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Adoption

Prospective and Adoptive Parents
Intercountry Adoption

Child Health Considerations

Certain health risks are inherent when adopting foreign children. Generally, children come into care because of abandonment, poverty, illness or death of parents, or family dysfunction (including alcoholism, drug abuse, child abuse and/or neglect). Children may have experienced poor prenatal and/or postnatal care, early neglect, and a lack of health care services, including immunizations. Specific health problems may include malnutrition, parasites, minor congenital defects, developmental delay, tuberculosis, hepatitis (A, B, or C), and HIV/AIDS. Children also can be affected by living in institutions during critical developmental periods or over long periods of time. Reputable agencies will provide prospective parents with as much information as possible on a child's background and medical history; however, they cannot guarantee the accuracy or completeness of this information. Medical evaluation (including lab testing) in developing countries does not match U.S. standards. The birth parents' medical and genetic histories are not always known, especially for abandoned children.

Most foreign countries have developed child welfare systems, but most struggle to provide a minimum standard of care for dependent children. Children who spend formative early periods or many years in large institutions with few caretakers will usually show the effects of lack of stimulation and institutionalization. In institutions, it is the strong children who survive. It should be noted that some children exhibit remarkable recovery from developmental delays after they have proper nutrition and medical care and are in a family setting. Some children show long-term delays and will require rehabilitative therapies to help correct the damaging effects of institutionalization. Loving care notwithstanding, other children who have suffered prolonged neglect and abuse in orphanages may require expert help over long periods.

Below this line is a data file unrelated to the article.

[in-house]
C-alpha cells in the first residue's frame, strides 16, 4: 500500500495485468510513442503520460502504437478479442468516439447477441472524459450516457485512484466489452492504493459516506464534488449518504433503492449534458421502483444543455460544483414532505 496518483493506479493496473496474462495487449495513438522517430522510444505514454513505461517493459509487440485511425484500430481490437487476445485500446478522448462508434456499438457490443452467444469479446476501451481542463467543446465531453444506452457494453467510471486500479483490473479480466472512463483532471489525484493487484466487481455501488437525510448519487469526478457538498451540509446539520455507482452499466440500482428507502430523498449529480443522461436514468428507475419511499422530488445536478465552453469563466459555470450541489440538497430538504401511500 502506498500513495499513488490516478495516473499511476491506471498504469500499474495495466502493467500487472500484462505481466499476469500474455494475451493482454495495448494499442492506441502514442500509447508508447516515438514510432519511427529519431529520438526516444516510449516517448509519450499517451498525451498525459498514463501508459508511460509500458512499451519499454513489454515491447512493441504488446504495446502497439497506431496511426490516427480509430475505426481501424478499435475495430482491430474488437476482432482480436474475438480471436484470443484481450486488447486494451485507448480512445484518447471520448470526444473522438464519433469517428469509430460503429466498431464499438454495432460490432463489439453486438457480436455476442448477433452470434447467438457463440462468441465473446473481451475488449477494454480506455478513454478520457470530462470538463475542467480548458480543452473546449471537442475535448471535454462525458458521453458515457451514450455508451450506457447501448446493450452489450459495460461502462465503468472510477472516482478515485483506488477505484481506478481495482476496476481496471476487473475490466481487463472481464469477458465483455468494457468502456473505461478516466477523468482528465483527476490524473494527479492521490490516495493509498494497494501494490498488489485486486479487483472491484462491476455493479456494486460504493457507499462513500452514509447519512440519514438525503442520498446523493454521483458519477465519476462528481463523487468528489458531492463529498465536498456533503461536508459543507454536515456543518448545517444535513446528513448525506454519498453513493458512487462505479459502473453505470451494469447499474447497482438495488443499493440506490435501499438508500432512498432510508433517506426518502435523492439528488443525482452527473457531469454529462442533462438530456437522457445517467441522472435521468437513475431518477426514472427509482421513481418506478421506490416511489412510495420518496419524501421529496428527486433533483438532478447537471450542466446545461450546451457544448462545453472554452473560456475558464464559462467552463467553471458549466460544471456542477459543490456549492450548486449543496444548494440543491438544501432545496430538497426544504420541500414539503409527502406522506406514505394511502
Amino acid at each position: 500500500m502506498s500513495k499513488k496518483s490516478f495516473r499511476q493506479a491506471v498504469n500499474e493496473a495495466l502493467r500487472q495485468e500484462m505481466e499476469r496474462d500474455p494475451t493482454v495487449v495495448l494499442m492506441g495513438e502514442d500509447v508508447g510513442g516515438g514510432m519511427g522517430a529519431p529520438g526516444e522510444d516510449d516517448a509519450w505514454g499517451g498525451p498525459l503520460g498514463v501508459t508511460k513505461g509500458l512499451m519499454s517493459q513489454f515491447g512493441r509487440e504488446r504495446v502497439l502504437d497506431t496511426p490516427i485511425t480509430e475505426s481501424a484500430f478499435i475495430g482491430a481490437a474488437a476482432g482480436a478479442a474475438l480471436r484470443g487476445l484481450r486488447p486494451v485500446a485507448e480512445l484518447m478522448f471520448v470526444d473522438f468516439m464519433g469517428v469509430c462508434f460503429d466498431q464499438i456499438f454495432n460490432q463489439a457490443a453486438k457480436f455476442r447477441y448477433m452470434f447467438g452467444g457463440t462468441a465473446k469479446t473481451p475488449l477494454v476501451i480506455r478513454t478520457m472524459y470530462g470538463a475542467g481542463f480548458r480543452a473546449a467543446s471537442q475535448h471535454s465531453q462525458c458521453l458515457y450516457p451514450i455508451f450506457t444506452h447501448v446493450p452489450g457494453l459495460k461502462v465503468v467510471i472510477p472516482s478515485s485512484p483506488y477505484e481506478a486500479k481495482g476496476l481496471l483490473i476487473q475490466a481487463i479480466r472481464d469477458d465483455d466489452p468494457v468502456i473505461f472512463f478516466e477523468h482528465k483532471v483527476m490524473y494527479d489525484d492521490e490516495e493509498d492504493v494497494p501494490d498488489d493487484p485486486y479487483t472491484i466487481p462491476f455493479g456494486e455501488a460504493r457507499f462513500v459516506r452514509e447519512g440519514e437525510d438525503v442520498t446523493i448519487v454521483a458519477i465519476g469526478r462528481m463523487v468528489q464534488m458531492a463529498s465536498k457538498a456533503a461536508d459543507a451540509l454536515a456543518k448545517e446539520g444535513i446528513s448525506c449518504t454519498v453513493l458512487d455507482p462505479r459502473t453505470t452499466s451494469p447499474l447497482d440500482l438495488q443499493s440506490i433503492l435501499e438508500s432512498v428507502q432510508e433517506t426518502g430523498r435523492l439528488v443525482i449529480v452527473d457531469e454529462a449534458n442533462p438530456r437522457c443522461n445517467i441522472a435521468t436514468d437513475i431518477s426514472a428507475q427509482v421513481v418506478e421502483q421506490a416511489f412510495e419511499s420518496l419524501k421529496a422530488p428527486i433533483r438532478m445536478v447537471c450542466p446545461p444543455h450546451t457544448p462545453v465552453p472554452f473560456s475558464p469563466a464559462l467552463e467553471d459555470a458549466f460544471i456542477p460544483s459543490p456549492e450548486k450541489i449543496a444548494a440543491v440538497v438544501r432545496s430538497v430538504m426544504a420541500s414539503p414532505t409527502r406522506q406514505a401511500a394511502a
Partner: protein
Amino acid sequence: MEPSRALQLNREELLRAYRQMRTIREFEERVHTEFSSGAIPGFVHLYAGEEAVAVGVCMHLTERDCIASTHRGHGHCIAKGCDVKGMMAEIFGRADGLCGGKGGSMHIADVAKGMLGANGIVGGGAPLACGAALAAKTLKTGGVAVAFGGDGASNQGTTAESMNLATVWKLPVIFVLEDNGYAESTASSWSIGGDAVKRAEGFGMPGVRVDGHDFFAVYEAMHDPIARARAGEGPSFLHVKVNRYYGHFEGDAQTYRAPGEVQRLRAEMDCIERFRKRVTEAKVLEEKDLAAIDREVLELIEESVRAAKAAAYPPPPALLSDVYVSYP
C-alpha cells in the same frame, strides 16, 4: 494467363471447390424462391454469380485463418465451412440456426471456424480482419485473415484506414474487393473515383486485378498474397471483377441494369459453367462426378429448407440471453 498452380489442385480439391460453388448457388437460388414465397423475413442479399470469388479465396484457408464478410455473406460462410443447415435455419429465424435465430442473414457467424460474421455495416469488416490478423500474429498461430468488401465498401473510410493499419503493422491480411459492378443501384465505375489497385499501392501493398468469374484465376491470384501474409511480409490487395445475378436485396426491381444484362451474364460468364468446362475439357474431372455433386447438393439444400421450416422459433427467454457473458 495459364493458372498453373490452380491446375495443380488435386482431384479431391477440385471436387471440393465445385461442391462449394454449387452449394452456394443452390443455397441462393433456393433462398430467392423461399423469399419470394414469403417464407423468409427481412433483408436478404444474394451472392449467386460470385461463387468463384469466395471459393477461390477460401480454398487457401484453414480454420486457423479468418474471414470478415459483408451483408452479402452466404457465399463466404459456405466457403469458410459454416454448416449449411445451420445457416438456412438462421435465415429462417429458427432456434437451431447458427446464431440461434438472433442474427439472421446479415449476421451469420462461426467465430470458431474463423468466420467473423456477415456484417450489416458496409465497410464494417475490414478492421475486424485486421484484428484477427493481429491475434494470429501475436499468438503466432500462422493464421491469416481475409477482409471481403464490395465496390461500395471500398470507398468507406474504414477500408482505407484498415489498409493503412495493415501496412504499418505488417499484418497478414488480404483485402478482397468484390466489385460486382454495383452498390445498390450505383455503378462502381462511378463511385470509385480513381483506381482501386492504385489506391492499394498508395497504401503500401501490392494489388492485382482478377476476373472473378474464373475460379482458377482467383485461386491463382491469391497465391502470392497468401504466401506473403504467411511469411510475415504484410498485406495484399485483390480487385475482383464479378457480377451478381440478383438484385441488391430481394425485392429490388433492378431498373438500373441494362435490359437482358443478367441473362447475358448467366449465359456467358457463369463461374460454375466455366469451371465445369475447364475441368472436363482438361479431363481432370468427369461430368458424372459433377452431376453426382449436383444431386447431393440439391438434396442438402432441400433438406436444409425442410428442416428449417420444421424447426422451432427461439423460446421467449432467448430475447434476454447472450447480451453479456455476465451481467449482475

You should educate yourself about the impact for children of the conditions detailed above-all are factors that can affect a child's physical, developmental, and emotional growth. Learn what resources are available to you in your community should the child you adopt need some professional help to address and hopefully make up for early delays. Talk to other families who have adopted from different countries and orphanages to see how their children are doing-after arrival and several years thereafter.

This material may be reproduced and distributed without permission; however, appropriate citation must be given to the National Adoption Information Clearinghouse.

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